As a society, we often talk about love in broad terms. We boast of its seriousness and devote time and money and art to studying every inch of its emotional breadth to try to reach an understanding.
However, few of us really talk about the mundane in the center of gravity of love. I met John Sandeen as a college intern in the late 1980s; we went on dates; The world became indelibly saturated, like an over-exposed photograph of a summer’s day. For me, falling in love with him was as natural a conclusion in my life as the decision to breathe. You breathe because you cannot live without it; I married him because I could not imagine life without him.
It was already decided that I would marry him. And when we got married in 1991, it was also certain that he would die.
John was diagnosed with HIV on Thanksgiving in 1989. He asked me to drop him then. I said no.
The decision came easily, because that’s what love does: It simplifies the most difficult decisions into one monosyllable. “No.” Of course I won’t leave her. Of course he would die anyway. Of course I loved her enough to stay.
In that sense, I guess I was lucky that my mom was a hospice nurse. Death and dying were as casual topics of conversation as birth and marriage, and it always lingered in the back of my mind, in the awareness of our final destination. After that — like most teenagers — I approached it with the casual detachment of someone who thought they’d never have to face it again.
It wasn’t until much later that I realized that the minute I met John, I was facing death. One of the great tragedies of this story is that HIV was ravaging her body even before her diagnosis. AIDS was then punishable by death, and it was common knowledge that everyone who received a diagnosis died within two years. Available treatments were far superior to refusing treatment altogether in terms of their toxicity and side effects as well as their efficacy.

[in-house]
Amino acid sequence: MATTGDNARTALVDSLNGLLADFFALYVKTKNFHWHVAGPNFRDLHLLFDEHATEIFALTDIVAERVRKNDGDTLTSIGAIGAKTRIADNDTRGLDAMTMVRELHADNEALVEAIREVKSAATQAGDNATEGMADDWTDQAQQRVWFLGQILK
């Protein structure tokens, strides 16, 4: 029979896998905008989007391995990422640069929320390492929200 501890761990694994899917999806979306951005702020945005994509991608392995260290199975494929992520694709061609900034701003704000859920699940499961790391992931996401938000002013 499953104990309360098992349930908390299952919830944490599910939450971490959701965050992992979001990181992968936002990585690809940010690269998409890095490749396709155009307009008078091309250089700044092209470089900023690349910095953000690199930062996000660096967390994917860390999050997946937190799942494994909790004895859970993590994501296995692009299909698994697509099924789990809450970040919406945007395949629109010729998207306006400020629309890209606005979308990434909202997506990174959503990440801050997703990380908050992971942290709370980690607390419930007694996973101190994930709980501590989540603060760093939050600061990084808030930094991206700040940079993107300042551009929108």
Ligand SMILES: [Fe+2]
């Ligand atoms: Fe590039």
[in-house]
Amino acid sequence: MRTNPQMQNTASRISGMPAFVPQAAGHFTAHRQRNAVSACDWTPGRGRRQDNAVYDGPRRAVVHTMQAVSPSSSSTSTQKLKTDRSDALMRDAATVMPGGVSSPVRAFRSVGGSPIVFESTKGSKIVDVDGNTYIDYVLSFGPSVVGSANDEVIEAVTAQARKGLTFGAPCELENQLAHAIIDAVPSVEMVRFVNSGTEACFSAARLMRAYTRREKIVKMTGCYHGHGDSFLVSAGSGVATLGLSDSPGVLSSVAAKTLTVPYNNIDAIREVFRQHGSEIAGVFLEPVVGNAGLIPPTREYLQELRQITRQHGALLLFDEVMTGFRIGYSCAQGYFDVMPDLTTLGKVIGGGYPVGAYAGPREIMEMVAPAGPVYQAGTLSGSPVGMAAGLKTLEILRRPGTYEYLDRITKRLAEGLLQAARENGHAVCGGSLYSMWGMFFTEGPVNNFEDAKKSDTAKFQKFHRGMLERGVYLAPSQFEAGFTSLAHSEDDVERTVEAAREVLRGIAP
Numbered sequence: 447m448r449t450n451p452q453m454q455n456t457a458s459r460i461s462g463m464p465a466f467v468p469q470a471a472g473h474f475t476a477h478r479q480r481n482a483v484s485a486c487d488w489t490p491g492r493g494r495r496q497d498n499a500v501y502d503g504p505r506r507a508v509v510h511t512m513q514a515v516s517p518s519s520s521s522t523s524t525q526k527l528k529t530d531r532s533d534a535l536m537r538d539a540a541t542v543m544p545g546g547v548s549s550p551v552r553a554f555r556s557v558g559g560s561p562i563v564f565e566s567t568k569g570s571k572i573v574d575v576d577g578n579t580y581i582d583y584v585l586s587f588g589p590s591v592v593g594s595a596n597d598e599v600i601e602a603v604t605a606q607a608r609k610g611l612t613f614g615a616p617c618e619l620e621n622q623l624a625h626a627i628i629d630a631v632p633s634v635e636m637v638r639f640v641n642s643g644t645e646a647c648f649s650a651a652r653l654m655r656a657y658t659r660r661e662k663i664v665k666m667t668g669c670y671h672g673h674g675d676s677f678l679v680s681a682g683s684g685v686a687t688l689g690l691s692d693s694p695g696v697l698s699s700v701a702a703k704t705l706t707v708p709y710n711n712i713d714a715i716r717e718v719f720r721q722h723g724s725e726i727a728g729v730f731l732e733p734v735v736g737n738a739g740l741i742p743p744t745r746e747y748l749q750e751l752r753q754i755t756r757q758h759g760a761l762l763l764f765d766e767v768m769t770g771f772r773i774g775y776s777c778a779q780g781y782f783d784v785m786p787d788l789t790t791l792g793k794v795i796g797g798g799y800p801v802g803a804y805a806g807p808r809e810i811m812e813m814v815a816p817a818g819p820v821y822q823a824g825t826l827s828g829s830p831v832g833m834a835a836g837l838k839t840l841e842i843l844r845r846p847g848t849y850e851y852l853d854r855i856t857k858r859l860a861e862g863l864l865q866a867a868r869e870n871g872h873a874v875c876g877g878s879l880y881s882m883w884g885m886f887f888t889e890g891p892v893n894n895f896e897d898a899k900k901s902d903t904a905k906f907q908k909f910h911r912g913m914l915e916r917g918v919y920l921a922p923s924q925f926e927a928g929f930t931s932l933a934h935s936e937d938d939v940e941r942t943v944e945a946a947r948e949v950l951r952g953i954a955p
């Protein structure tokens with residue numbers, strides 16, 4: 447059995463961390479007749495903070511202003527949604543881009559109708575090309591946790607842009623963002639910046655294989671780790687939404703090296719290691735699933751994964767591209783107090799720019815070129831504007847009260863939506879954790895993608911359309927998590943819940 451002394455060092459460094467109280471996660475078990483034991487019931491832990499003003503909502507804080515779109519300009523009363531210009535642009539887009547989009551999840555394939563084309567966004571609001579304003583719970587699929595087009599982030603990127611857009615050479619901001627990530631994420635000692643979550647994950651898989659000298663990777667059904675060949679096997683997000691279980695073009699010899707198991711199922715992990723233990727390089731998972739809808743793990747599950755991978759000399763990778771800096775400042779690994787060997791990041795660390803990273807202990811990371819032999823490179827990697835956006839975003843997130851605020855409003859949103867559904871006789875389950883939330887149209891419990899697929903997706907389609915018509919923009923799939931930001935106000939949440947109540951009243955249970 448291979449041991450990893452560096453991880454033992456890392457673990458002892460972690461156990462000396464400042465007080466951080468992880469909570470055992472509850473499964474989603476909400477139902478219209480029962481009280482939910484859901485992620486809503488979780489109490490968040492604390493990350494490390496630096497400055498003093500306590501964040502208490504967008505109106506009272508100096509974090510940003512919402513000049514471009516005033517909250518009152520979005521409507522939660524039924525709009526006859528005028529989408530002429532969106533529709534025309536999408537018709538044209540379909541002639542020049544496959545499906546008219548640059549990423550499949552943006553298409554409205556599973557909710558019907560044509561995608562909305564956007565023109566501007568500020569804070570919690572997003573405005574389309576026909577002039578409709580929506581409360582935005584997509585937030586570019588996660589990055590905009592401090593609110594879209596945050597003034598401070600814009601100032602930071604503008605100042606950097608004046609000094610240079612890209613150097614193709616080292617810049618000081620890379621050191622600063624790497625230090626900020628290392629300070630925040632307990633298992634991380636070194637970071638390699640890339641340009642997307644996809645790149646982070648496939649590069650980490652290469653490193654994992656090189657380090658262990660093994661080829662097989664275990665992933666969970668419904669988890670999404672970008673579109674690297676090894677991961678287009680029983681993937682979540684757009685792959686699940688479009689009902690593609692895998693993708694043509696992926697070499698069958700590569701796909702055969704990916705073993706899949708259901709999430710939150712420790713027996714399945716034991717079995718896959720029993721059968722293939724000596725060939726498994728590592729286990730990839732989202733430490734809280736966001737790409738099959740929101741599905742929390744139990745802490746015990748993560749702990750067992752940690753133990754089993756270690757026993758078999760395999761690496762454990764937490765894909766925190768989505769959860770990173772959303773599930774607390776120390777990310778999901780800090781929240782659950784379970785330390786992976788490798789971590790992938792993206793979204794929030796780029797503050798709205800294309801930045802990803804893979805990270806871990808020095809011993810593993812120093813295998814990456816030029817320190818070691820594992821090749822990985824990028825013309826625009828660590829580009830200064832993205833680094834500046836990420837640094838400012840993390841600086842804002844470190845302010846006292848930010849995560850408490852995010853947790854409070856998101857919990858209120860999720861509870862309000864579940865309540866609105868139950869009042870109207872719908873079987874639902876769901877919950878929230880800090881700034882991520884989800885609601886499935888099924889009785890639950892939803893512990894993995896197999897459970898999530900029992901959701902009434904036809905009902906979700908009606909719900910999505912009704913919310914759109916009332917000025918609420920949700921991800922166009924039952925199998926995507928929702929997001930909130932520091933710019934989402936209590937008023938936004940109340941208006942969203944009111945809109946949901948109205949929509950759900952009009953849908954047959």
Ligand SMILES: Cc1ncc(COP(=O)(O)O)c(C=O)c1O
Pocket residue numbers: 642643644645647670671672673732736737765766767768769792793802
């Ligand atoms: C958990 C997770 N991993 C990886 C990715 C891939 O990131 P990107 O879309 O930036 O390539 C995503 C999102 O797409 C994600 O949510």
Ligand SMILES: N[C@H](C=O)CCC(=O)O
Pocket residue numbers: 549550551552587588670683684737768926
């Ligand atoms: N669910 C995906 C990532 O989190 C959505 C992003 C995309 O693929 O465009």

Life is surprisingly mundane when caring for a dying person, but that’s only because I had to forcefully suppress the most powerful of emotions, like anger and grief and love, in order to make my family function. We were a young couple with one child, Hannah and John’s two sons from a previous marriage, and HIV was a part of the family.
Every day, I would wake up, make breakfast for Hannah, and take care of her baby. I would attend to John’s needs with his hospice caregiver, go to work, and then come home to feed Hannah. I was numb I was in love. I was a mother, a caregiver, a widow with a husband.
One day, a hospice worker brought her a bed, and I knew I would watch her die in it.
John would have good days – days when he was lucid – and on those days he could manage a sentence or two, maybe sit up on his bed if we were lucky. In those days, he would try to play his piano or guitar, or listen to music, his favorites Bach or Neil Young. I realized that when the music stopped in our house, it had lost its original existence. But he was still there physically—his breathing shallow, lines of pain etched across his face.